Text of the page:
In the post-Columbia shuttle era, public support for NASA remains high. But the tragedy prompted vagueness as to the direction and intensity of piloted missions in the US space-related research and development effort.
Those views are part of the newly issued and wide-ranging Science and Engineering Indicators 2004, the 16th in the series of biennial reports conducted by the National Science Board.
The National Science Board (NSB) is an independent body established by the US Congress in 1950 that oversees and guides the activities and policies of the National Science Foundation (NSF) in Washington, D.C.
Within the NSB report, survey findings are presented that gauge US public attitudes and understanding of issues in science and technology.
The report notes that loss of the Columbia space shuttle on February 1 of last year did not have an immediate impact on public attitudes about the US space program. However, the report observes that the loss of the space shuttle Columbia and its crew of seven on February 1, 2003, “resulted in uncertainty as to the future focus and intensity of manned missions in the U.S. space-related R&D effort.”
The report points to a Gallup survey conducted shortly after the Columbia tragedy. That survey indicated that 82 percent of respondents expressed support for continuing the manned space shuttle program. Only 15 percent favored ending the program. These findings are almost identical to those recorded after the loss of the Challenger space shuttle in January 1986.
A majority of Americans surveyed continue to support funding for NASA and the US space program. Nearly half (49 percent) of those surveyed after the Columbia tragedy thought NASA’s funding should be maintained at its current level, and one-fourth favored an increase in funding.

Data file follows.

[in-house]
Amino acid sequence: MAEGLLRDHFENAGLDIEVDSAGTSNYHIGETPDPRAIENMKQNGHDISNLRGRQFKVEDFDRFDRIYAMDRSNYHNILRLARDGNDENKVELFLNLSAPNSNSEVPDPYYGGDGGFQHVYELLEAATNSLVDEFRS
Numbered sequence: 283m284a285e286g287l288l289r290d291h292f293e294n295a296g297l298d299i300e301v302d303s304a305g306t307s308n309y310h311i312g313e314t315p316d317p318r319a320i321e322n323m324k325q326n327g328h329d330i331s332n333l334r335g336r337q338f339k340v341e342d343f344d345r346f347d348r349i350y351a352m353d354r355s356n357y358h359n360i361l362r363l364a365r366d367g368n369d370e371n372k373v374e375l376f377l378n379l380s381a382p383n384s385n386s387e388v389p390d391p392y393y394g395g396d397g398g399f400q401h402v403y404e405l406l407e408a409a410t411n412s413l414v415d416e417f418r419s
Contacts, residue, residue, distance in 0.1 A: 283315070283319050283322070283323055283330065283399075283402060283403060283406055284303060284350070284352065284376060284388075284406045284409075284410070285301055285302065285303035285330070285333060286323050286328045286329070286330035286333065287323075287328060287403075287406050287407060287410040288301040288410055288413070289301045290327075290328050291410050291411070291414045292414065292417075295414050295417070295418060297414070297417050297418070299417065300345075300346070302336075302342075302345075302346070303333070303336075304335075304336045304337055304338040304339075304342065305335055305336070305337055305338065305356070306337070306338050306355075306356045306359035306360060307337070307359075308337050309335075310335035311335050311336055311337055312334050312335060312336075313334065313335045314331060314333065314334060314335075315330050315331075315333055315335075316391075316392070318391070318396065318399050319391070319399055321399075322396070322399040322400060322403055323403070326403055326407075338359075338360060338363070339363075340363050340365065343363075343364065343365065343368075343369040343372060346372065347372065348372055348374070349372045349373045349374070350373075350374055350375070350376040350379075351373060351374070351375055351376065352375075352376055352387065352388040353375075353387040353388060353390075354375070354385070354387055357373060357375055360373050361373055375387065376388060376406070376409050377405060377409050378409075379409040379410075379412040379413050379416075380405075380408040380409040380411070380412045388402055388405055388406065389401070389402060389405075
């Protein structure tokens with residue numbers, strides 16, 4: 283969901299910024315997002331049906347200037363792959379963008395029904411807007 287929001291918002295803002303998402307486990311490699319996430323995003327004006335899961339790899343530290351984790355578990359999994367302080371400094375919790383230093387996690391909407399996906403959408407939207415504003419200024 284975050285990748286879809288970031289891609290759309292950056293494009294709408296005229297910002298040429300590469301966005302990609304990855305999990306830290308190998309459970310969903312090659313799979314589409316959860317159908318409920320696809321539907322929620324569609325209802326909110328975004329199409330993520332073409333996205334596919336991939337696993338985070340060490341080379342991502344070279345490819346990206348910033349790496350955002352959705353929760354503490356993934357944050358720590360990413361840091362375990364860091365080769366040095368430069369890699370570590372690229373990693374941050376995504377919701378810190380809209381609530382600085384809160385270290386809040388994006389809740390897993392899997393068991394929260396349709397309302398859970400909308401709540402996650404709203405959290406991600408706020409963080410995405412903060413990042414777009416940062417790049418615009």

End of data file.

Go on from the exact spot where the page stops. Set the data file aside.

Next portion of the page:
In the same poll, 17 percent thought funding should be reduced, and another 7 percent said the program should be ended altogether. These findings are not markedly different from data obtained in December 1999, when 16 percent of survey respondents favored increased funding for NASA, with 49 percent wanting space agency funding to stay at its current level. Twenty-four percent favored a cutback, and 10 percent thought the U.S. space program should be terminated.
Again, these findings are similar to those obtained after the loss of the Challenger.
In the 2003 poll, as cited in the new NSB report, 45 percent of respondents rated NASA’s job performance as excellent, and 37 percent rated it as good. Only two percent gave NASA a poor rating.
In surveys conducted before 2003, no more than 26 percent of respondents ever rated NASA’s performance as excellent (that high point occurred in 1998). The exceptionally high percentage of excellent ratings in 2003 may reflect the addition of the phrase “looking beyond the tragedy” to the survey question.
The report also brings out people’s views on manned and unmanned missions, global warming and ‘pseudoscience’.